Other scholars have specifically studied OL in the military services. Here are just a few examples: Baird, Holland and Deacon (1999), and Darling and Parry (2001) studied how the U.S. Army uses a four-step After-Action Review (AAR) process at the end of a ground operation. Daddis (2013) studied how the U.S. Army behaved as a learning organization during the Vietnam conflict. Etzioni (2015) studied OL by U.S. forces in Operations Iraqi Freedom (OIF) and Enduring Freedom (OEF). Gode and Barbaroux (2012) studied OL in the French Air Force. Marcus (2014) studied OL in the Israeli Defense Forces (IDF).

To specifically study how OL enables maritime security cooperation between partner countries, I conducted a qualitative study using Marsick’s and Watkins’ (1999) framework. I conducted interviews with 11 U.S. Navy and Coast Guard officers between the ranks of Lieutenant (O-2) through Captain (O-6). Collectively the participants were experienced across all U.S. geographic combatant commands. All interviewees had operational fleet experience working alongside officers from foreign navies and coast guards. Interviewees included surface warfare officers (SWOs), aviation officers, and intelligence officers. All participation was voluntary. Interviews averaged 40 minutes and were recorded, transcribed, and codified.

The interviews yielded 448 keyword and phrase artifacts. The artifacts were aggregated into 25 artifact groups, and then aggregated again into eight overall findings. What follows is an abbreviated summary of the findings.

Finding 1: OL Enables Maritime Security Cooperation Between Partner Countries

As an overall finding, interviewees described work examples which supported all seven of Marsick’s and Watkins’ (1999) imperatives. In other words, interviewees validated that OL does enable maritime security cooperation between partner countries.

As an overall finding, interviewees described work examples which supported all seven of Marsick’s and Watkins’ (1999) imperatives. The seven imperatives are:

1.  Create continuous learning opportunities (CL): Learning is embedded within work so people can learn on the job; opportunities are provided for ongoing education and growth. 

2.  Promote inquiry and dialogue (ID): People express their views, listen to, and inquire into the views of others; questioning, feedback, and experimentation are supported.

3.  Encourage collaboration and team learning (CT): Work is designed to encourage groups to access different modes of thinking, groups learn and work together, and collaboration is valued and rewarded.

4.  Establish systems to capture and share learning (LS): Both high- and low-technology systems to share learning are created and integrated with work, access is provided, and systems are maintained.

5.  Empower people toward a collective vision (EM): People are involved in setting, owning, and implementing joint visions; responsibility is distributed close to decision-making so people are motivated to learn what they are held accountable for.

6.  Connect the organization to its environment (EN): People are encouraged to see the impact of their work on the entire enterprise, to think systemically; people scan the environment and use information to adjust work practices; and the organization is linked to its community.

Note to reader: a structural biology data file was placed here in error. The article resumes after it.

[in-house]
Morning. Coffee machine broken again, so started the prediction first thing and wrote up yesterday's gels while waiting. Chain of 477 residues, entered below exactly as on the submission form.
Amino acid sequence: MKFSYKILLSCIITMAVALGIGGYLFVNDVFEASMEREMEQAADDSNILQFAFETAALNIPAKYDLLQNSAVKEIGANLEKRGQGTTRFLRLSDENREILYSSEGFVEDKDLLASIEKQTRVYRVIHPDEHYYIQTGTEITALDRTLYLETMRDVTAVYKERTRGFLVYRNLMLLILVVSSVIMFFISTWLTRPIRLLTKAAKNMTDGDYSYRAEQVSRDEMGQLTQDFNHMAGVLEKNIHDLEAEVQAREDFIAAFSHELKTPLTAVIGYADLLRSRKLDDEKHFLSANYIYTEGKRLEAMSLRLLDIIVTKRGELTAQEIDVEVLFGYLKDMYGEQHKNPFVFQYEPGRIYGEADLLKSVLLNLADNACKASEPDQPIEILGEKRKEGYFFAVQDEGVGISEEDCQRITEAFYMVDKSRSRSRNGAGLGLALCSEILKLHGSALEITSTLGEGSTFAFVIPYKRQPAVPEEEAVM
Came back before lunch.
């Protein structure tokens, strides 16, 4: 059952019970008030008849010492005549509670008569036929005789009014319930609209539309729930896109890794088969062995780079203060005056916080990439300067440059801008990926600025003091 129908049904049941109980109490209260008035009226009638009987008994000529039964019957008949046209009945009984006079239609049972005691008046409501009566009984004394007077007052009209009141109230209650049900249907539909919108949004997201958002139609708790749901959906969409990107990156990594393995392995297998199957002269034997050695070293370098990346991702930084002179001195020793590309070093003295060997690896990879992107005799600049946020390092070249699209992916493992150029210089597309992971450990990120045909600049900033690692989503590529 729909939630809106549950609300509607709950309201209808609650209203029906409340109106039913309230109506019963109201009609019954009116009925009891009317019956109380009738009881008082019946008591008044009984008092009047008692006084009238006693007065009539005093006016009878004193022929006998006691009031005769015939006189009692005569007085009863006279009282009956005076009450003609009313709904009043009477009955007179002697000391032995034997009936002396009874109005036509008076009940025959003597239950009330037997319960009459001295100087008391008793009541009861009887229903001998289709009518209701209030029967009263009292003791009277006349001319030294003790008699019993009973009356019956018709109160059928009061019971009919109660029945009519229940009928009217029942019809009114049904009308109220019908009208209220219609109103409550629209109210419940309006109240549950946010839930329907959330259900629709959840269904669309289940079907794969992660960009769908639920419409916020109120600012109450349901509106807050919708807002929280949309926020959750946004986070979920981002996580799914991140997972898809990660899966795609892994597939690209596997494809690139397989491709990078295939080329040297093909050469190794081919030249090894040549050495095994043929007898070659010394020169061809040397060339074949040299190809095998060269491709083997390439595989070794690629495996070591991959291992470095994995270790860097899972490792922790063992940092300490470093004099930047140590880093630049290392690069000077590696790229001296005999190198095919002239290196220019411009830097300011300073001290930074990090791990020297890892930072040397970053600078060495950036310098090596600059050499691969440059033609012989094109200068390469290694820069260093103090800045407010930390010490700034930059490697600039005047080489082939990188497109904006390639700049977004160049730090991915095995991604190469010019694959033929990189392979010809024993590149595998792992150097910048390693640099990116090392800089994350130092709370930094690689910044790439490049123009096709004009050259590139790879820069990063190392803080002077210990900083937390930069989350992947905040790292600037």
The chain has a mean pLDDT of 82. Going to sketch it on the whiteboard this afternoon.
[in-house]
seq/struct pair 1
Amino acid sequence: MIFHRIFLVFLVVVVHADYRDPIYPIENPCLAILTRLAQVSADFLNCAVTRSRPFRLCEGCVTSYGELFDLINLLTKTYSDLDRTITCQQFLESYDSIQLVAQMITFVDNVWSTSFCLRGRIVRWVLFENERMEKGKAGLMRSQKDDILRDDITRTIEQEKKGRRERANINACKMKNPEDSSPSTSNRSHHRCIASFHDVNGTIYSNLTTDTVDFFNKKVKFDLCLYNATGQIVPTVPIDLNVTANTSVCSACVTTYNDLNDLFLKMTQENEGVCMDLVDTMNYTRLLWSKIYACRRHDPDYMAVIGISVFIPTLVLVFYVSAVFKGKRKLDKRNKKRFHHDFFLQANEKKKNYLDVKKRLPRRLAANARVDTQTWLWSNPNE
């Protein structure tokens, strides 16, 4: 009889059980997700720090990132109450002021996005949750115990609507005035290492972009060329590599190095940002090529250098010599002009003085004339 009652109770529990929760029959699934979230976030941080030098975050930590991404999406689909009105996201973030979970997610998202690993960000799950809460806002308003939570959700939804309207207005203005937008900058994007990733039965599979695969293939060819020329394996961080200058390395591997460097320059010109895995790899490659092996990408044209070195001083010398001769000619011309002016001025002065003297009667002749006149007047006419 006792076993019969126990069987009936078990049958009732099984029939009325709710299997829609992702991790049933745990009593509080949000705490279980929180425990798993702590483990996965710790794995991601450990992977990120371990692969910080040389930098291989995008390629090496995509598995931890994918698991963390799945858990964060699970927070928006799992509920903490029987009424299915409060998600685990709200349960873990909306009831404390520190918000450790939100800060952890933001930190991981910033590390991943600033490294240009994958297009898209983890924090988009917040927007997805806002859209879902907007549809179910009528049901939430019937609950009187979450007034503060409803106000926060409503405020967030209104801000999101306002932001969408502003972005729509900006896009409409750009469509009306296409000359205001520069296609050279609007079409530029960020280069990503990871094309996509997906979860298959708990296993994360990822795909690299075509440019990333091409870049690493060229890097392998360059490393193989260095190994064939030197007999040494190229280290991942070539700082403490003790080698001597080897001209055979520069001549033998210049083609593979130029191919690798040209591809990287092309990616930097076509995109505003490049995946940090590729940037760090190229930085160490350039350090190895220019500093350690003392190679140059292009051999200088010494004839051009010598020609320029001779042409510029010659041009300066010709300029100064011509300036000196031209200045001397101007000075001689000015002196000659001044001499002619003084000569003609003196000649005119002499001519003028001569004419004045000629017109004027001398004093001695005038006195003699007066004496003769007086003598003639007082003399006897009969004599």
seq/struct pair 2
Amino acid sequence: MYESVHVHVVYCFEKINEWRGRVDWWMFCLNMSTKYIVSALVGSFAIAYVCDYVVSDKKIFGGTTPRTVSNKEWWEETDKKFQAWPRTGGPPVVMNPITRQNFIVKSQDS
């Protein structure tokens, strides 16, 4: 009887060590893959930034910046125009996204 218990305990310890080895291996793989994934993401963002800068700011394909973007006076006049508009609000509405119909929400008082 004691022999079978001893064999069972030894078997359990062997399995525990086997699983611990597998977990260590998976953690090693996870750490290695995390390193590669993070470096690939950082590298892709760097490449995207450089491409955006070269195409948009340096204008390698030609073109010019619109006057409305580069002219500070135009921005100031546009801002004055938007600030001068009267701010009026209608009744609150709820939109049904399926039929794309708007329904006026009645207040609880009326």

7.  Provide strategic leadership for learning (SL): Leaders model, champion, and support learning; leadership uses learning strategically for business results (Marsick and Watkins, 1999).

In other words, interviewees validated that OL does enable maritime security cooperation between partner countries.

Finding 2: OL is Enabled Through Collaborative Activities

Interviewees described a rich array of examples of how partner country maritime services coalesce through structured after-action reporting, briefings, exercises, and combined operations. For example, regarding briefings, one interviewee said, “It’s built into the way we work every day. At the end of a mission we do a hot wash. Figure out what we did well and what we didn’t. And if we are operating with a partner navy or air force, they take part in the conversation. I know they also do their own hot wash too.”

Finding 3: OL is Enabled Through Communicative Activities

Interviewees emphasized the importance of certain communicative variables, including: face-to-face communications, common language, information-sharing based on agreed “need-to-know,” common nomenclatures, and radio communications. For example, one interviewee emphasized the value of having the U.S. landing signals officers (LSOs) from his squadron travel to Brazil to work face-to-face with the Brazilian pilots who would eventually be landing on the U.S. aircraft carrier.

Finding 4: OL is Enabled Through Organizational Elements and Concepts

Interviewees emphasized the importance of both horizontal and vertical organizational structures, and structures of unified commands. For example, one interviewee explained how a naval special warfare training organization was “stood up” to help a developing country build its special warfare operations capability. The organization emulated the U.S. Army’s CALL (Center for Army Lessons Learned) model to establish a continuous learning environment. Another interviewee pointed to the Dhow Project which was co-developed by the NATO Shipping Centre, the EU Maritime Security Centre (MSC-HOA), the U.S. Maritime Liaison Office (MARLO), and the merchant shipping community. The Dhow Project helped identify and track threats to merchant shipping in the Horn of Africa and the Gulf of Aden.